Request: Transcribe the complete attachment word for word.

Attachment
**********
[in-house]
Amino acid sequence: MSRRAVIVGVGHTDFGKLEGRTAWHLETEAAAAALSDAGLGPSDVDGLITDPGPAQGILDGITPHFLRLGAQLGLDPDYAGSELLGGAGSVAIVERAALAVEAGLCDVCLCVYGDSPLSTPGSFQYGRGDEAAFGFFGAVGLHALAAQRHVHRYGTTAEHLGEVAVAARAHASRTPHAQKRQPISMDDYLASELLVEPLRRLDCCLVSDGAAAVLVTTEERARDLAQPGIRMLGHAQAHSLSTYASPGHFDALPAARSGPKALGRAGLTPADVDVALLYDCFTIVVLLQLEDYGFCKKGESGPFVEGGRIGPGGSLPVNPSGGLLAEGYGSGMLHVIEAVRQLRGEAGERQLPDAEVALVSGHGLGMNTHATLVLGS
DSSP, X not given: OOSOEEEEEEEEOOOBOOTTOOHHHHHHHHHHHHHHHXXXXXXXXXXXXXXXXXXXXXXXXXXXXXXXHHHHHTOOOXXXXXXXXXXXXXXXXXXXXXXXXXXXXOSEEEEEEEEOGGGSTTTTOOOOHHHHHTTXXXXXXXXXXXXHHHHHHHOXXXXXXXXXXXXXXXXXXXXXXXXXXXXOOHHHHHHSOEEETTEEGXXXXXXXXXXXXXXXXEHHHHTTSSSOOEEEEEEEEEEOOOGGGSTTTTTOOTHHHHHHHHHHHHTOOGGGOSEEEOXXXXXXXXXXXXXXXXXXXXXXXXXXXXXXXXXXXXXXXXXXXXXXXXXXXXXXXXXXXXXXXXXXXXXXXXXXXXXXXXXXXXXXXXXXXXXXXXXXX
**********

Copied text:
[in-house]
Amino acid sequence: MSRRAVIVGVGHTDFGKLEGRTAWHLETEAAAAALSDAGLGPSDVDGLITDPGPAQGILDGITPHFLRLGAQLGLDPDYAGSELLGGAGSVAIVERAALAVEAGLCDVCLCVYGDSPLSTPGSFQYGRGDEAAFGFFGAVGLHALAAQRHVHRYGTTAEHLGEVAVAARAHASRTPHAQKRQPISMDDYLASELLVEPLRRLDCCLVSDGAAAVLVTTEERARDLAQPGIRMLGHAQAHSLSTYASPGHFDALPAARSGPKALGRAGLTPADVDVALLYDCFTIVVLLQLEDYGFCKKGESGPFVEGGRIGPGGSLPVNPSGGLLAEGYGSGMLHVIEAVRQLRGEAGERQLPDAEVALVSGHGLGMNTHATLVLGS
DSSP, X not given: OOSOEEEEEEEEOOOBOOTTOOHHHHHHHHHHHHHHHXXXXXXXXXXXXXXXXXXXXXXXXXXXXXXXHHHHHTOOOXXXXXXXXXXXXXXXXXXXXXXXXXXXXOSEEEEEEEEOGGGSTTTTOOOOHHHHHTTXXXXXXXXXXXXHHHHHHHOXXXXXXXXXXXXXXXXXXXXXXXXXXXXOOHHHHHHSOEEETTEEGXXXXXXXXXXXXXXXXEHHHHTTSSSOOEEEEEEEEEEOOOGGGSTTTTTOOTHHHHHHHHHHHHTOOGGGOSEEEOXXXXXXXXXXXXXXXXXXXXXXXXXXXXXXXXXXXXXXXXXXXXXXXXXXXXXXXXXXXXXXXXXXXXXXXXXXXXXXXXXXXXXXXXXXXXXXXXXXX